No one likes to find cat hair in their food.
One of the more common complaints I hear from owners is how their cats won’t stay off the countertops. I get it, I really do. It’s an annoying habit for those of us who enjoy cooking or using the countertop as a dining area. Fortunately, there are simple ways to keep your cats off of the counters. Let’s start with the most obvious.
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Don’t Feed Your Cat on the Counter
I once had a friend who complained about her cats on the counters, but then fed her cats on them. I asked why she would enforce the behavior she doesn’t want and she replied that her dogs got into the cat food, so there was no choice.
There’s always a choice. Don’t ask your cats to do something that you will eventually not want them to do. The good news is we were able to curb both her and the cats’ behavior simply by feeding the cats in a room the dogs couldn’t access. Happy cats, happy owners, happy dogs.
Provide an Alternative
The next easiest way to keep your cats off countertops is to give them an alternative. Remember that cats like to observe from elevated surfaces, hence the counters—they are up high (which allows your cat to safely watch her territory), they are fun to walk on (and there are often papers there that they can sit on), and the counter is used for cooking (which means they can usually find food).
If you want your cat off the counter, you’re going to need to provide an appealing alternative to them. This could include access a cat tower, bar stool, wall shelf or window perch that she can use to look down on you while you using the counter. The idea is that is you need to make a different area more appealing to your cat.
Treats and Toys
Cats can be just as responsive to treats as dogs are, but it’s critical you find the most appealing. My cats love things like chicken or salmon, other cats might be more likely to behave for sardines or a favorite toy. When you sense your cat is preparing to make his assent to the counter, quickly distract him with a treat or toy. This is a reward for good behavior.
Timing is critical or you will inadvertently reward your cat for climbing on the counter. It can be tricky and it might take several months of treating good behavior, but your cat will eventually understand that it’s to her benefit to stay off the countertops.
Did you know that when children visit the doctor, many prefer having a nurse take them into the exam room while the parents wait outside? That’s because they don’t want their kids to relate them to the unpleasant experience. The same premise holds true for cats. Cats might react badly if you punish them, and it could even result in unwanted behaviors, such as spraying or becoming fearful of you.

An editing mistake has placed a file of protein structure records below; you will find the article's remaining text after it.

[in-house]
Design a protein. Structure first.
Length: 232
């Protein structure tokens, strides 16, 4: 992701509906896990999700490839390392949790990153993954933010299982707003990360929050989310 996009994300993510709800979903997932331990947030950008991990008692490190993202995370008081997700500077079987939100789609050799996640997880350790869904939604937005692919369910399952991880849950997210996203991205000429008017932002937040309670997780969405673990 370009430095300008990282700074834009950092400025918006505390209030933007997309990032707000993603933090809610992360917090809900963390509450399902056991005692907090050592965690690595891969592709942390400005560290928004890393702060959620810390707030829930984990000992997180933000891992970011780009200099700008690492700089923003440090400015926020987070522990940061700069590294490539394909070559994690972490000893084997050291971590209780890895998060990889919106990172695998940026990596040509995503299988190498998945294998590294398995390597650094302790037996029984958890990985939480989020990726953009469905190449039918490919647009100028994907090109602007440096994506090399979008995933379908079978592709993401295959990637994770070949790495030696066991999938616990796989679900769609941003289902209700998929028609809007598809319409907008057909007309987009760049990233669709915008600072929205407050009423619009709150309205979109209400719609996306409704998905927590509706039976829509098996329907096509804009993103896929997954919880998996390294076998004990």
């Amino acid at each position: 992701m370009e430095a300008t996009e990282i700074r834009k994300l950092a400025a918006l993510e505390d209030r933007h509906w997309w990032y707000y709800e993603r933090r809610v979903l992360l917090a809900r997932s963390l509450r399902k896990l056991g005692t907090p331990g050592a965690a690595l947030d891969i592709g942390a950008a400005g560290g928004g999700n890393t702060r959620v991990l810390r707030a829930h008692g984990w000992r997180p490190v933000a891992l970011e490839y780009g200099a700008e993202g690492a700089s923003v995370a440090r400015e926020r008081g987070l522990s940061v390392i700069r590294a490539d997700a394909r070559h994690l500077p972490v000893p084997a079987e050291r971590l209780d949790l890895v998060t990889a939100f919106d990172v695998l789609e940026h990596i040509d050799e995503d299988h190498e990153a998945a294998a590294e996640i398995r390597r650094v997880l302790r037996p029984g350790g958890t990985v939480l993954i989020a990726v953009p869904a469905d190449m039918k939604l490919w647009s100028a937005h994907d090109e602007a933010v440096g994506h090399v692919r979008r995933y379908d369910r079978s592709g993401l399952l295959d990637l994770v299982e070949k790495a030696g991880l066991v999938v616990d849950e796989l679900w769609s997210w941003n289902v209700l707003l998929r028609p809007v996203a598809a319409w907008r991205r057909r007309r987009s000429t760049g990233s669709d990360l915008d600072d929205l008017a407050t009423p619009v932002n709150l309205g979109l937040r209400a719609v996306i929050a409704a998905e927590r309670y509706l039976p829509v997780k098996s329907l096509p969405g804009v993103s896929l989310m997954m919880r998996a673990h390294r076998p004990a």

This is why if you ever need to use a repellant, you want the cat to think some higher power is associated with it, not you. In addition, these types of repellents (i.e., environmental punishments) can be effective even if you are not there. Some of these options include:
- Aluminum foil: Most cats don’t like the feel of aluminum foil on their paws or the sound it makes when it’s moved. This, however, means keeping your counters covered with aluminum foil when you’re away as well as when you’re home.
- Ssscat™ Motion Activated Detector: These detect motion and release harmless air from a canister. The pros—it’s super effective. The cons: It can also seriously scare your cat, causing her to fear the entire room. Never use this device or a similar one around cats who are naturally shy or fearful. In addition, you will also get scared when you accidentally set it off (and you will set it off at some point).
- The Snappy™ Trainer: This is a large plastic paddle attached to an upside-down mousetrap. You can use it as is, or you can place it under a sheet of newspaper. Even the smallest touch will activate the Snappy Trainer. Once triggered, the device flies up in the air and startles the cat. The device is safe and mostly effective, but again you run the risk of creating fear in your cat.
- Sticky tape: Cats don’t like being stuck to things any more than we do. That’s what makes double-sided sticky tape effective. Place it on the edge of your counters and your cat will likely stay off of them. Down side includes replacement time and getting stuck on it yourself. Depending on your cat, you might need to apply it to the countertop surface.
Don’t Reward Them for Jumping on the Counter
We all do it. The cat jumps up on the counter and takes a drink out of the running faucet and we run for our cameras. Or we pet them before removing them from the counter. Or we leave food on the counter and they grab a quick bite of fresh salmon. The problem with these scenarios is that your cat is being rewarded for unwanted behavior.
Don’t forget that negative attention can often be positive to a cat who doesn’t get enough attention overall. If your cat only receives attention when she climbs up on a counter—by you yelling at her or picking her up and placing her on the floor— it’s still attention in the mind of an animal (or human) who is constantly ignored. Make sure you’re spending enough time with your cat during the day, including providing plenty of playtime, cuddles, brushes and love. As much as cats like us to think they are independent and don’t need us, they have high requirements for love and attention.